Available in: English | Français | Português | Español |

Contemporary creative culture fosters moral vice and demands a prideful character. How can a Christian pursue creativity differently?

Creativity is lauded as one of the most valuable attributes of our day. LinkedIn, a popular employer-employee networking website, studied its vast network of approximately 700 million members and 50 million companies in order to learn which skills are most in demand.[1] In 2019 and 2020 the results were the same. The most sought-after employee attribute was creativity.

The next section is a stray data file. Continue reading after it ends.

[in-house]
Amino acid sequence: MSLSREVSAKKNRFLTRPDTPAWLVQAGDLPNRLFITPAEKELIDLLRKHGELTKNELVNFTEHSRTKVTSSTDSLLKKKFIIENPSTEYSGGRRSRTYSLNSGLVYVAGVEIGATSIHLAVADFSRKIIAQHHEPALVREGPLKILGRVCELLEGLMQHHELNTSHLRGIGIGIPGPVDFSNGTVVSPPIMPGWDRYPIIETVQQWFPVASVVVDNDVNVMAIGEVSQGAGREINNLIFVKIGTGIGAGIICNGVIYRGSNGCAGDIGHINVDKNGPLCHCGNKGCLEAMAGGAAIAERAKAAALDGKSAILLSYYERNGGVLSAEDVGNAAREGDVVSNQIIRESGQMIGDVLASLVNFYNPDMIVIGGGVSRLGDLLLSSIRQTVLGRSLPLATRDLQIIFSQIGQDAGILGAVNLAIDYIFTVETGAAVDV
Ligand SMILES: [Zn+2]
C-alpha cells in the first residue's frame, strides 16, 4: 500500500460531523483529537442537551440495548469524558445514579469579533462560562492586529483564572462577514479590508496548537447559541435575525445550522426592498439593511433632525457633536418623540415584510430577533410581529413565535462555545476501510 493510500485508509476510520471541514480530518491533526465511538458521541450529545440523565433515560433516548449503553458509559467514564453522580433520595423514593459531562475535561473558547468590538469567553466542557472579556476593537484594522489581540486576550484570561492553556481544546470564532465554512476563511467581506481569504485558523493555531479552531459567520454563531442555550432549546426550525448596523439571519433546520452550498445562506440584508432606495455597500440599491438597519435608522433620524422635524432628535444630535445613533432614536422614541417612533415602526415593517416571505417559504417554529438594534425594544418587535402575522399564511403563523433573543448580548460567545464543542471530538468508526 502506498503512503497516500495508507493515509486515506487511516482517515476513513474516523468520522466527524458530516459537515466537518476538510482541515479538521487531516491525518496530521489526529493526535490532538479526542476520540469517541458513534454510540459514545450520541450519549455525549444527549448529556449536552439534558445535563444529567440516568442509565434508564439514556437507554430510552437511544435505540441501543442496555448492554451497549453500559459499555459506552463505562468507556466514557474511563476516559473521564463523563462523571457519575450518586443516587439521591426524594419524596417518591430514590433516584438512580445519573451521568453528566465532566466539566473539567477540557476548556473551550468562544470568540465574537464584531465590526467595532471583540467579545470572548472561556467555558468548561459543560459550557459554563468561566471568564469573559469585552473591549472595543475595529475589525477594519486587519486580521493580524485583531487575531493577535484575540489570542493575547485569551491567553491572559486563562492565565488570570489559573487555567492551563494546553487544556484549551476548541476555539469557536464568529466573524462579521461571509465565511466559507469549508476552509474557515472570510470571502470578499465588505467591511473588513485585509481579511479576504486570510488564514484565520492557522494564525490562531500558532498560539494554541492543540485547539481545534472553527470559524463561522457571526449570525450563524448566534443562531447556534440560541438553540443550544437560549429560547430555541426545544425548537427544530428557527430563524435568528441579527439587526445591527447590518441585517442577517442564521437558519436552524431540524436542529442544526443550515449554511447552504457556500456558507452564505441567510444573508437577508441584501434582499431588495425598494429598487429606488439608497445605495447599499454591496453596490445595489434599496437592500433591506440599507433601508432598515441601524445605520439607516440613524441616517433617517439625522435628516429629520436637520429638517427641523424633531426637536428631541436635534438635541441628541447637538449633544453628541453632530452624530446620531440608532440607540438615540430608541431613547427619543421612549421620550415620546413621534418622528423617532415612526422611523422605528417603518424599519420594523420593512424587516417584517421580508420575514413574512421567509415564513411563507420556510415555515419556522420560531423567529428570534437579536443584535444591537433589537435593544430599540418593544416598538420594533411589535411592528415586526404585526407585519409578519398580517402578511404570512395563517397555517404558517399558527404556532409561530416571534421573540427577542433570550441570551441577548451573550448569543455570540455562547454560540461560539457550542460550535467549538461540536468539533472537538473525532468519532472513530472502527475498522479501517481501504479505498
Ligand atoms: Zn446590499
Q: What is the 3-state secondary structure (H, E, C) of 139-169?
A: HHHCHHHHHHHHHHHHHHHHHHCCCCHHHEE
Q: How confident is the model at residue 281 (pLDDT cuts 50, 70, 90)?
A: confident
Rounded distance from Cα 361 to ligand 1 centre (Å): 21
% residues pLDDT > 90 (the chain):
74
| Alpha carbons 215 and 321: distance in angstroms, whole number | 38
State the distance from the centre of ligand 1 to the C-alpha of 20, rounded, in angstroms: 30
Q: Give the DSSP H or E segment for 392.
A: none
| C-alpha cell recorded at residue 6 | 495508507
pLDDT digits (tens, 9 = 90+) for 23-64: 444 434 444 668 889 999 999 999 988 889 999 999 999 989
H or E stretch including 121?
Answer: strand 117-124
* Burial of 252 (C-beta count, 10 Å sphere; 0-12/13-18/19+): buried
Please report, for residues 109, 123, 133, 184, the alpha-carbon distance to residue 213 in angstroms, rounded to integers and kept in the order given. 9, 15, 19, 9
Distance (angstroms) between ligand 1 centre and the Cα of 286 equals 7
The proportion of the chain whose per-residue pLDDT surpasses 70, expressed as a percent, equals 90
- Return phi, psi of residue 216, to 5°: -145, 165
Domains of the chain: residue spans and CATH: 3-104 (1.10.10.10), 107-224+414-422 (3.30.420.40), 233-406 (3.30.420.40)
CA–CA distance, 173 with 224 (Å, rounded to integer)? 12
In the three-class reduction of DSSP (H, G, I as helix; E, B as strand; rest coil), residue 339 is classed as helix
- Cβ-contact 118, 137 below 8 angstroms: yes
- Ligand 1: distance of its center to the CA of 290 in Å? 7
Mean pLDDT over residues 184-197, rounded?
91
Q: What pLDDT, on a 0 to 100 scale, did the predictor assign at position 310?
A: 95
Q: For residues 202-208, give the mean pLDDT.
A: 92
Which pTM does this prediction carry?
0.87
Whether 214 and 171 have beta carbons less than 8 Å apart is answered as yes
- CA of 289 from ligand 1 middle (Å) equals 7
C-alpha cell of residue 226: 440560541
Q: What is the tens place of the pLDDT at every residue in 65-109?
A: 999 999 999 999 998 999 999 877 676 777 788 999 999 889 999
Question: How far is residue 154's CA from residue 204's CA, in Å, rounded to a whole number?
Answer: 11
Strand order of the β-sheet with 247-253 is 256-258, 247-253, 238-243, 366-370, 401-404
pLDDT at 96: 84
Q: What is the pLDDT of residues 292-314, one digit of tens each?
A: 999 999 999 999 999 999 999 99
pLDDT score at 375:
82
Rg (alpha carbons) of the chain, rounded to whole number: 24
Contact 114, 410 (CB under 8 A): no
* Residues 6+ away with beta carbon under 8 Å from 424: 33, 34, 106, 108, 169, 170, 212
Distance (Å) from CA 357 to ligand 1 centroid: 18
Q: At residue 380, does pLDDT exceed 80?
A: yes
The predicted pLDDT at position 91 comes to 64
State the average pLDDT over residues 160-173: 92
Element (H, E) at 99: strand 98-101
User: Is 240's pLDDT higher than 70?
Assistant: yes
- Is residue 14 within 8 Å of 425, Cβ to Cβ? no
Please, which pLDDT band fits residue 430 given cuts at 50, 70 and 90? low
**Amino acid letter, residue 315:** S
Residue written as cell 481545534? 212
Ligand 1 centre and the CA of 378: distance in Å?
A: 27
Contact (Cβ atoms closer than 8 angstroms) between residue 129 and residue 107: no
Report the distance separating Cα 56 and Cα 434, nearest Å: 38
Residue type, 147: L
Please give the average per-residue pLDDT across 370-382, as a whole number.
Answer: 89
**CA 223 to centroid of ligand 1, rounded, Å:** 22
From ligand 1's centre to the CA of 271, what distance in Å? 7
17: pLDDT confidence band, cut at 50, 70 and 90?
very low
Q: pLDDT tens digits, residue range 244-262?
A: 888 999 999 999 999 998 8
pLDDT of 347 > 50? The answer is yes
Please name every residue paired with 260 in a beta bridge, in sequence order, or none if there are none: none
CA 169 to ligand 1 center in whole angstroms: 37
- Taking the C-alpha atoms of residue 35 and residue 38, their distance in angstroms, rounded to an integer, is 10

It is important to note that LinkedIn’s research spanned the full range of economic sectors and applied disciplines. All too often notions of creativity are relegated to the fine and applied arts: the artists, musicians, or performers. Yet as this study shows, creative ability is key for a vast array of human activity from mathematicians, scientists, and entrepreneurs to surgeons and athletes.

The most sought-after employee attribute was creativity.

Creativity, God’s Image, and Vice

The observation of creativity’s expansive presence across human endeavors is no surprise to the Christian viewpoint. The Christian Bible teaches that God created the cosmos and all of life within it. As part of this act, God made a special creation, man and woman, and formed them in his own image.[2] Thus, because God is a creative God, and we are built in his image, we too are creative. Not just some of us—all of us.